Banks to use indelible ink to reduce crowds depositing old notes
15 November 2016
With no Aadhar support to control crowds thronging at bank branches and deposit machines to offload their cash bundles, banks have now turned to the good old indelible ink to track depositors revisiting bank counters. The government also announced certain measures to combat the crisis of cash crunch.
Economic affairs secretary Shaktikanta Das made a couple of announcements to combat the cash crunch at a press meet on Tuesday, even as the opposition parties, including the Congress, Left, TMC, NCP and the JD(U), met to formulate strategies to take on the government in the coming winter session of Parliament on the issue of demonetisation,
Das said indelible ink would be used at banks to identify people who exchange notes.
There is, however, no guarantee that the indelible ink would not be erased, considering the fact that bank staff was caught unauthorisedly swapping bundles of new currency against old notes, at least in one instance.
Also, there is no dearth of people willing to queue at bank counters for a fee, of course.
Das also announced the formation of a special task force to monitor the infusion of fake currency into the market, especially in the vulnerable areas of the country. But, he said, everything is being done to improve currency supply.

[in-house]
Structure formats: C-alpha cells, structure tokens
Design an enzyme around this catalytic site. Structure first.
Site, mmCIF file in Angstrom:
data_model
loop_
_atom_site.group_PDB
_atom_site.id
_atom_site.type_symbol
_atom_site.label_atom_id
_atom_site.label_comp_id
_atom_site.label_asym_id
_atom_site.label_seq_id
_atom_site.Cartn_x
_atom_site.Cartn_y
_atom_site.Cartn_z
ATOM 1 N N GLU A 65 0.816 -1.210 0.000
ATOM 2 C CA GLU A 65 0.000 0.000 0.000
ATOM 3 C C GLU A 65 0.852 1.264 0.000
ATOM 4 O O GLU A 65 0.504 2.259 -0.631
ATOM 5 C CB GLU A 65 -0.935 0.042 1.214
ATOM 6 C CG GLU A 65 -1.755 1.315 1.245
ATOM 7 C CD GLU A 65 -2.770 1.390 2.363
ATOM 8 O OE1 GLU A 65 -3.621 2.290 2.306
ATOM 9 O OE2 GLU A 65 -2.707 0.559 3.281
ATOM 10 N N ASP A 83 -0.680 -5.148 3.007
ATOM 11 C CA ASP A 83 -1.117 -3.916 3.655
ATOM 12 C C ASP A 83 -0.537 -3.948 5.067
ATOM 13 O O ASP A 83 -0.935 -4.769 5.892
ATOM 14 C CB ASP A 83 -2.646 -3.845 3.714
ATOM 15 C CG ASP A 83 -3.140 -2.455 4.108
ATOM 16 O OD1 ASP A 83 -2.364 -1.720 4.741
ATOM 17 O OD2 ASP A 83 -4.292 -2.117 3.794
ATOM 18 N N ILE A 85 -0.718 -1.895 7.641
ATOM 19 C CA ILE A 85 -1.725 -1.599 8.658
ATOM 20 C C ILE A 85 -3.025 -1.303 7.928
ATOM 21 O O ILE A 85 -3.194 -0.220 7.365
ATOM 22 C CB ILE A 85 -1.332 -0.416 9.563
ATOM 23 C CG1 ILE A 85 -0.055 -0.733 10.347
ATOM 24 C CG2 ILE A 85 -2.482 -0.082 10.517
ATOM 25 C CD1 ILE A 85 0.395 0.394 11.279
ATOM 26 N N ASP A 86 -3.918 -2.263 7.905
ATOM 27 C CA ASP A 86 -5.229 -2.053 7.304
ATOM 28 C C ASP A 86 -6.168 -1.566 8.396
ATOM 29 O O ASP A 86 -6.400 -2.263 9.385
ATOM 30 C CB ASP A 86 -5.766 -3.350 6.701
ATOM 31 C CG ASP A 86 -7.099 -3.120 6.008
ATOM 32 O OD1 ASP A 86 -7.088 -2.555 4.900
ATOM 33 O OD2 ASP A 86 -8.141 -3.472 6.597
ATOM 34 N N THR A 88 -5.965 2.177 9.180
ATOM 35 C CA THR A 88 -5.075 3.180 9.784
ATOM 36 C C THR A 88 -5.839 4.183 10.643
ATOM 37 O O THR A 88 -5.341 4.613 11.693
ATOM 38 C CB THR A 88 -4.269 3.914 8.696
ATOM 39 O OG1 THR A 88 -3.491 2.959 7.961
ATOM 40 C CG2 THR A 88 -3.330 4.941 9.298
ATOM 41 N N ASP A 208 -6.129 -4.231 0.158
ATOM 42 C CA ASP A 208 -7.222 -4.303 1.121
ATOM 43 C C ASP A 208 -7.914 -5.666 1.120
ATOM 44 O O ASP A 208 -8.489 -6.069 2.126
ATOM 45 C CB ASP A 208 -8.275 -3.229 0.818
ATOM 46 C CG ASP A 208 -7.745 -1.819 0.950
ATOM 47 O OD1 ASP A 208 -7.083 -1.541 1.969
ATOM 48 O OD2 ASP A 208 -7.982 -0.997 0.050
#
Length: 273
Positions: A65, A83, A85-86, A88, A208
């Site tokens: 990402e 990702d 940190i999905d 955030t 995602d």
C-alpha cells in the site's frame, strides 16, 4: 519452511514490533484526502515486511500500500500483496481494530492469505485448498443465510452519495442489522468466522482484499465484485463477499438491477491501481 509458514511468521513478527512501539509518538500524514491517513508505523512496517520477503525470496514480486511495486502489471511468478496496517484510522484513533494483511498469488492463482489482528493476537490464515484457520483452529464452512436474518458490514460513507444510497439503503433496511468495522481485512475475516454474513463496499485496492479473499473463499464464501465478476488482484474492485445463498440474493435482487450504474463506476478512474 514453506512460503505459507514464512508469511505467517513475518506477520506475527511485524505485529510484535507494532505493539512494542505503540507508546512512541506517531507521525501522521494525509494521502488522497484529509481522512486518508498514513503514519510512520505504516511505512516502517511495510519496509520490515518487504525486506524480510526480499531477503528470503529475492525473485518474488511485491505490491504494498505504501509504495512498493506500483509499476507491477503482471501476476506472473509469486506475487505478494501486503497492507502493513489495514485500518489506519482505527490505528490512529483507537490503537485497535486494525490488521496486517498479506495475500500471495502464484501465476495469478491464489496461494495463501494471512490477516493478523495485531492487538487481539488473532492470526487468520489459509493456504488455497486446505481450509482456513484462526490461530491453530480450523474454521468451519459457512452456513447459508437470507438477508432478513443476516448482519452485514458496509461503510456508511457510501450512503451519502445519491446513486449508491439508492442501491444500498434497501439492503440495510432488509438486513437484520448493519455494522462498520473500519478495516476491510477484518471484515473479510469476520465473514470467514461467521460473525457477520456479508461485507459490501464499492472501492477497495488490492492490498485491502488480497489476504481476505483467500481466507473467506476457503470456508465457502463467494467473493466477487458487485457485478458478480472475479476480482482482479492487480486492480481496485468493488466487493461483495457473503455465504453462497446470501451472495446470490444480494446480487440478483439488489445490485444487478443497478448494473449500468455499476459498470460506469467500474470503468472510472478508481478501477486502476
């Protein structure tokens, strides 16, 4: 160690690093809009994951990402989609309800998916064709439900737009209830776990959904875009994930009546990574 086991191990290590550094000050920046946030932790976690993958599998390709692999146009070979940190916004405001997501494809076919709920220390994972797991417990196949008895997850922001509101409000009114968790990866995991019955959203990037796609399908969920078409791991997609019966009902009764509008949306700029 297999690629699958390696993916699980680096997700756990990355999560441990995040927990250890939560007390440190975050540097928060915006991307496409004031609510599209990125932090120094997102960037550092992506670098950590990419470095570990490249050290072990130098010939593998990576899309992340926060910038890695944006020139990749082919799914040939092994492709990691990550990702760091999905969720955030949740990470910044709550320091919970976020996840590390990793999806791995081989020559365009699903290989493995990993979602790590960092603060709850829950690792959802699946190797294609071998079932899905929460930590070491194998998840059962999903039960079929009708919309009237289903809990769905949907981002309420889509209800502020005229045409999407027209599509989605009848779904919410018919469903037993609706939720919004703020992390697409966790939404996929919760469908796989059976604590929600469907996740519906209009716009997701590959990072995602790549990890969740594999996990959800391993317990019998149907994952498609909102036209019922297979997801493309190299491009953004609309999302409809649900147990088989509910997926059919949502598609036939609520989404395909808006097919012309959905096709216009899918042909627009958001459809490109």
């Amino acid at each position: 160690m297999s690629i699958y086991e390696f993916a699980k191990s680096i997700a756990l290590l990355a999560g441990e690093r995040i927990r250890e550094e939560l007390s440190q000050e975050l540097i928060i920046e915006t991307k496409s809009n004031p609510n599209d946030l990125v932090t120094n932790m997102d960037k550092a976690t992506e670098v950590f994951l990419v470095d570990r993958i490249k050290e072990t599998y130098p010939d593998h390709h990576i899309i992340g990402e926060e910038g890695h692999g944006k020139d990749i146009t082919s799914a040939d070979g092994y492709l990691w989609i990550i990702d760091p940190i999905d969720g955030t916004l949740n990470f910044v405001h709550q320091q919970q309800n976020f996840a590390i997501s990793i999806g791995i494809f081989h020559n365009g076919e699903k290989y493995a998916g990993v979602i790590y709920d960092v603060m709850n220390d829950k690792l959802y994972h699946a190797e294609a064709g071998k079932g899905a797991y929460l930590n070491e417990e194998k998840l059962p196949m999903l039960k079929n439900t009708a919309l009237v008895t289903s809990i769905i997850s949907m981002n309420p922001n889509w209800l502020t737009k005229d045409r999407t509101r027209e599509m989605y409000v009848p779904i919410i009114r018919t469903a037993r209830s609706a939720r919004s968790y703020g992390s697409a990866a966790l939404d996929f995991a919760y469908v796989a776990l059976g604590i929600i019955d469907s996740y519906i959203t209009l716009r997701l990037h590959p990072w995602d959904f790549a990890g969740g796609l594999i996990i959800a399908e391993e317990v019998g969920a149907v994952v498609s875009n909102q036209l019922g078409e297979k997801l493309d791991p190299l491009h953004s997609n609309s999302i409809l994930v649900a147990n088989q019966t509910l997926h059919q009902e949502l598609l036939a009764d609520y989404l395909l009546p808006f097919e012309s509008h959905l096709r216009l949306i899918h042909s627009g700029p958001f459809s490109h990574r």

Das also urged places of worship that receive smaller denomination notes, to deposit them in banks immediately so improve supply of these notes, even as he warned people not to fall prey to rumours being spread through social media.
'''We have enough stock of salts and there is no reason for a temporary surge in price or shortage. Supply of essential commodities is being closely monitored. There are a lot of stories spreading through social media, like reports of certain institutions going on strike. There is no such thing, please don't believe such reports.''
Meanwhile Nepal Premier Prachanda called up Prime Minister Narendra Modi and sought arrangement so that Nepalese holding a huge stock of banned high denomination Indian bank notes could swap them with legal currency in the country.
Hundreds of thousands of Nepalese, mostly wage earners, rely on India for jobs, medical treatment and for purchase daily essentials. They continue to hold scrapped Indian bank notes, Kathmandu Post reported.